Still, this conclusion is problematic (and not only because of its awkward celebration of repression). Several democratic regimes have sustained costly campaigns despite mounting domestic opposition: the United States in Vietnam and France in Vietnam and Algeria are but three examples. Domestic pressure was always a factor, particularly with time, but its exact effect on campaign duration and intensity was far from linear. Conversely, authoritarian regimes are far less immune to dissent than is commonly presumed. The authoritarian regime in Portugal was overthrown in 1974 in large part due to opposition to its African counterinsurgency campaigns. In El Salvador and South Africa, too, the costs of ongoing counterinsurgencies split the elite and forced state reform, leading to democratization.
As sociologist Juan Linz notes, authoritarian regimes are “pluralistic, albeit in a limited way”: they comprise a patrimonial system in which disparate communities, not least the security agencies, jostle for power. These groupings, while unaccountable to the people, limit the government’s latitude. This vulnerability to dissent explains why authoritarian regimes feel the need to coup-proof their militaries by keeping them weak, politicized, or subject to sudden purges. It also explains why Syria’s Assad entrusts only his most loyal units to commit the worst atrocities and charges four intelligence agencies with monitoring his army. It follows that whereas authoritarian regimes often protect themselves through censorship or repression, dissent takes different forms and closer consideration of individual cases is required to understand its full effect.
On the flipside of dissent lies acceptance, and it is arguably here that authoritarianism more profoundly exerts itself, through recourse to ideology, nationalism or the cult of personality. The control of information allows not just the silencing of voices, but the rallying of loud and unwavering support. By framing rebels as foreign agents rather than alienated citizens, the state encourages an intense nationalistic chauvinism, allowing ample leeway in responding to the threat. Put differently, authoritarian states win the hearts and minds not of the insurgent-threatened population but of the broader populace, by playing on pre-existing national pathologies, prejudices, and bêtes noires. In China, the discourse concerns the “three evils” of separatism, extremism, and terrorism, which resonates with the historical traumas affecting Chinese stability throughout the 20th century. In Saudi Arabia, the threat of instability fuels rhetoric of Iranian-Shia conspiracies, or of exiles in the West seeking to threaten the body politic. In Russia, Putin pre-empted the Islamization of Chechen resistance by casting it (before it was ever the case) as a Wahhabi-fueled project rather than a nationalist reaction to Russian policy.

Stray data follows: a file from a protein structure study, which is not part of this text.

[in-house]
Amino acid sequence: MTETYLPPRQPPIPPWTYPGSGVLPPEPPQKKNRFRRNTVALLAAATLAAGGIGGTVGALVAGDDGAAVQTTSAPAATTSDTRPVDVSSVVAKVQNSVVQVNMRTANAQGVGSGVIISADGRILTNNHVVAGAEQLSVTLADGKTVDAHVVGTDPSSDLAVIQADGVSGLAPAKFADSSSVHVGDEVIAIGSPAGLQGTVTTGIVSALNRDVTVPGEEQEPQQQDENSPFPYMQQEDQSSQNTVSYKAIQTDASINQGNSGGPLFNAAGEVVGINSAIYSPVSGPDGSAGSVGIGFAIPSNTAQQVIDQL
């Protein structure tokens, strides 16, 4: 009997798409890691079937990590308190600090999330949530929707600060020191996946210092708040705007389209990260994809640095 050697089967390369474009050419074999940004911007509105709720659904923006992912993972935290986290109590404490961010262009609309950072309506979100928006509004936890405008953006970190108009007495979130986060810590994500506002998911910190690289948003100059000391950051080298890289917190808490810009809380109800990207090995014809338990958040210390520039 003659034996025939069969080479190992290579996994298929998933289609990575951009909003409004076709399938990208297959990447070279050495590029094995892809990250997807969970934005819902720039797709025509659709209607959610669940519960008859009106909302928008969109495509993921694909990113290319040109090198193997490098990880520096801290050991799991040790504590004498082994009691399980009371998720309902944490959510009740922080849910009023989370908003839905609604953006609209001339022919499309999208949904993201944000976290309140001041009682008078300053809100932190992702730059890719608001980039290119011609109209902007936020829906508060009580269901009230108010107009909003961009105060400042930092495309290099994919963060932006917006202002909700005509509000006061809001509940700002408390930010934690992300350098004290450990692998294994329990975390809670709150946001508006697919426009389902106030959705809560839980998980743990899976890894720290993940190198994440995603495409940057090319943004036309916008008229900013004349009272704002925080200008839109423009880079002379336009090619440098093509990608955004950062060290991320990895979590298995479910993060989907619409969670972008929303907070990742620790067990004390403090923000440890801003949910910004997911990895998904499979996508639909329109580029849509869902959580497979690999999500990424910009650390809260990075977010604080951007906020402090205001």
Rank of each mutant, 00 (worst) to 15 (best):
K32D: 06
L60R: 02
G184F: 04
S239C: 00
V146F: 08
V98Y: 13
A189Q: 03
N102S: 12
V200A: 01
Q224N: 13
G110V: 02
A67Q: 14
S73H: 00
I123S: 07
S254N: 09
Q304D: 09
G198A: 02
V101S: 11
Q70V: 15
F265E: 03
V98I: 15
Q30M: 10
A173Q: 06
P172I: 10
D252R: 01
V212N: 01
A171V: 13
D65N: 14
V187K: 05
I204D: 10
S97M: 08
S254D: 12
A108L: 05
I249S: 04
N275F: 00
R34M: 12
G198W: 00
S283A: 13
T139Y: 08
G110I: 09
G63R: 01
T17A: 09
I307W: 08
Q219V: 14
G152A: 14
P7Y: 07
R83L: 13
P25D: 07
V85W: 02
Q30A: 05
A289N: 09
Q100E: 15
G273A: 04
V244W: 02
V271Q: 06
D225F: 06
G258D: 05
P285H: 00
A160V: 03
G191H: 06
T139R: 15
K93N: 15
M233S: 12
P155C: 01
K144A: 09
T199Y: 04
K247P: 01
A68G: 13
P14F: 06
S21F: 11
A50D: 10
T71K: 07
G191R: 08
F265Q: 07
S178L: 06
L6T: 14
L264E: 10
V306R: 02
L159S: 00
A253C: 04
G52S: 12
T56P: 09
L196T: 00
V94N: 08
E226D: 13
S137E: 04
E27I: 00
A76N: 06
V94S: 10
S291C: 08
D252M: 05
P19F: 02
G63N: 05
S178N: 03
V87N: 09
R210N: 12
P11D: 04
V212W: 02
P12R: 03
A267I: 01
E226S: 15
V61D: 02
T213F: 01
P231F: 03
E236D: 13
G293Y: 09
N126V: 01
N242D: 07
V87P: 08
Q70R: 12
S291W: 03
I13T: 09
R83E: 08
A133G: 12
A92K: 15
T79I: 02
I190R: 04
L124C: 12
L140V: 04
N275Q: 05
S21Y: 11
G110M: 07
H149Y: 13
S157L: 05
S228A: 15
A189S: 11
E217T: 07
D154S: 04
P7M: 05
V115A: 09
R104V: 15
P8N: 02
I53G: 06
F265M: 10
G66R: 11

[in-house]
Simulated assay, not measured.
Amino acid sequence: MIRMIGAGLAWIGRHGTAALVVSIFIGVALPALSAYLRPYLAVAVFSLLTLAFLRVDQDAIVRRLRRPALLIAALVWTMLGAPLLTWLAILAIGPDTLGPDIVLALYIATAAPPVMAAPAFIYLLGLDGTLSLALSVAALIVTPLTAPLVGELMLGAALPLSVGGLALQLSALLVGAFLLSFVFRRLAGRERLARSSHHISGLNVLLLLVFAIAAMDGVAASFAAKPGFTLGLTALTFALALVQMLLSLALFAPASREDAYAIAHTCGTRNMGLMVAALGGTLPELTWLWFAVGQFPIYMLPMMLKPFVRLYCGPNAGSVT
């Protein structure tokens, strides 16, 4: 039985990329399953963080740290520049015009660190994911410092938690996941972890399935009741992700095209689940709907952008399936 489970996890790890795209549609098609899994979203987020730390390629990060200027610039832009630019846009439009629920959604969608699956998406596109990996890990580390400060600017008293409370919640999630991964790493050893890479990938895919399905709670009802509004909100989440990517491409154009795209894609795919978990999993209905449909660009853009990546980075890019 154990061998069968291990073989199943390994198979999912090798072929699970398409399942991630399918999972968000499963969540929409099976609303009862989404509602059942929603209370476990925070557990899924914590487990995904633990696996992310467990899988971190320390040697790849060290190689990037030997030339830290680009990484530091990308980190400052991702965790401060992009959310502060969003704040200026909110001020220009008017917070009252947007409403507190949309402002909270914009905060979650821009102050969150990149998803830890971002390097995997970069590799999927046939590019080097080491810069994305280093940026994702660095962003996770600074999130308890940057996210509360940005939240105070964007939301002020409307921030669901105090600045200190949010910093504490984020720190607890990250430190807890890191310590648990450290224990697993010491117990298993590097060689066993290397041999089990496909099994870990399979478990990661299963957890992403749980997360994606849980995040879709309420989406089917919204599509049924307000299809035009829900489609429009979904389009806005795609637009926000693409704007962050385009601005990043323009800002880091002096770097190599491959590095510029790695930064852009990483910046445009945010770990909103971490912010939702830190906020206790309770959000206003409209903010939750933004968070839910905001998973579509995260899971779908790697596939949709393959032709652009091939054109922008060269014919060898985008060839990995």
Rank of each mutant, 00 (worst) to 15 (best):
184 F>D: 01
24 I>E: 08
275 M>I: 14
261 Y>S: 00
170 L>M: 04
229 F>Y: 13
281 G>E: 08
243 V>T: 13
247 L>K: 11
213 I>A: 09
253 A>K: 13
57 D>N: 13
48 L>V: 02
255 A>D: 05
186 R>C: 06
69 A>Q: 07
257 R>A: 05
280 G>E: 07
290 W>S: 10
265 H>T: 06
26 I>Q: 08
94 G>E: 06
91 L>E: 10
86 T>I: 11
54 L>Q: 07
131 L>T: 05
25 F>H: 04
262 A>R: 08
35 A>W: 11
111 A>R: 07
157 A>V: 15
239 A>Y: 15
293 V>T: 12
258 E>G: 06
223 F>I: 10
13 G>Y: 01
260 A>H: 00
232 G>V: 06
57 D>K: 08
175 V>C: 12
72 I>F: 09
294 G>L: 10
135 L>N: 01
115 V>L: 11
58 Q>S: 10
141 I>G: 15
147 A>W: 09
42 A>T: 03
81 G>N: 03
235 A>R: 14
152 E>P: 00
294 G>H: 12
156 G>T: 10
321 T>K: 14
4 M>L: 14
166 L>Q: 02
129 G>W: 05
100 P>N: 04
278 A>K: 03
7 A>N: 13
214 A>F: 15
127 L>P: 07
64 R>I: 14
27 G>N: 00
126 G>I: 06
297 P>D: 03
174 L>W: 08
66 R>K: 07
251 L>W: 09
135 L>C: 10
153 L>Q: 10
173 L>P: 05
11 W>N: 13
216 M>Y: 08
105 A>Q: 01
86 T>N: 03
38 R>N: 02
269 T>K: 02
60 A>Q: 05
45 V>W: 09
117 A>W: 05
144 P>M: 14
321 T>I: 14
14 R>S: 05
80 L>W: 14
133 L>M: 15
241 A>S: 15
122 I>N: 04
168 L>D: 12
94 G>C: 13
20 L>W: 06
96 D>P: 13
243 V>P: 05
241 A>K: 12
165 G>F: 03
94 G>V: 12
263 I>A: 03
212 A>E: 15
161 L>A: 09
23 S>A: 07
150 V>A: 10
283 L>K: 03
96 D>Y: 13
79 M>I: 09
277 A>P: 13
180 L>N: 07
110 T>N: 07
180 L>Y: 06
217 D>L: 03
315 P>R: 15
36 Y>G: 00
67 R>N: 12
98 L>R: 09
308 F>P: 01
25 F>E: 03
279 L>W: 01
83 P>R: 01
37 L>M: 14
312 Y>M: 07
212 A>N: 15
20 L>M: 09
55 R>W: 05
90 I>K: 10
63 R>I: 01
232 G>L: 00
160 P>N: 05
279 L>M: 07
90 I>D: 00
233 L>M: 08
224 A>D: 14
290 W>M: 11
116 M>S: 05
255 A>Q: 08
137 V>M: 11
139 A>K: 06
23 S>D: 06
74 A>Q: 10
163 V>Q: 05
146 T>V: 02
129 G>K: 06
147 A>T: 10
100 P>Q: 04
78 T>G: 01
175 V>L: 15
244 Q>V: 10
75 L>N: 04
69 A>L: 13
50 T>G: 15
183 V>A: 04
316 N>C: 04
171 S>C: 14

In all these cases, the rhetoric binds together a large “us” versus a small yet threatening “them.” This massing of support also explains how these regimes get away with mass violence and abuse. Indeed, the “intensive popular participation” that Linz sees as typical of authoritarian regimes in crisis and, even more so, of totalitarianism, provides an effective vehicle for mobilization. The broader population is convinced of the righteousness of cause, and the targeted population is kept quiet, often through the massive application of violence.
In many discussions, authoritarian counterinsurgency is defined by its overwhelming use of violence — and it is admittedly a dominant leitmotif in many of the attendant campaigns. Russia’s counterinsurgency campaigns in Afghanistan and Chechnya both involved mass destruction of urban and rural life, designed to crumble resistance and shatter links between people and partisan. China killed approximately 2,000 to 3,000 Uyghurs following the Baren riots of April 1990, much as Korea, under Syngman Rhee, eliminated almost 50 percent of the population of Jeju Island in 1948–1949 in response to increased militancy. El Salvador’s counterinsurgency campaign relied initially on death squads and massacres. In the Middle East, Syria killed between 10,000 and 40,000 people in response to Muslim Brotherhood militancy in the 1980s, much as Saddam Hussein, in Iraq, used chemical weapons, concentration camps, and mass executions to eliminate somewhere between 50,000 and 100,000 civilians in the al-Anfal campaign.
There are too many examples of this type. Yet the point frequently missed is the function of such violence as part of a broader strategy. The indiscriminateness is not accidental: It creates conditions — mass dislocation, despondence, and fear — that prevent the rebel group from mobilizing and allow the state to take over. In such a climate, any sign of a functioning counter-state is quashed and insurgent mobilization becomes impossible: Its bonds have been broken, much as intended in Western counterinsurgency doctrine, but through violence rather than a competition over legitimacy.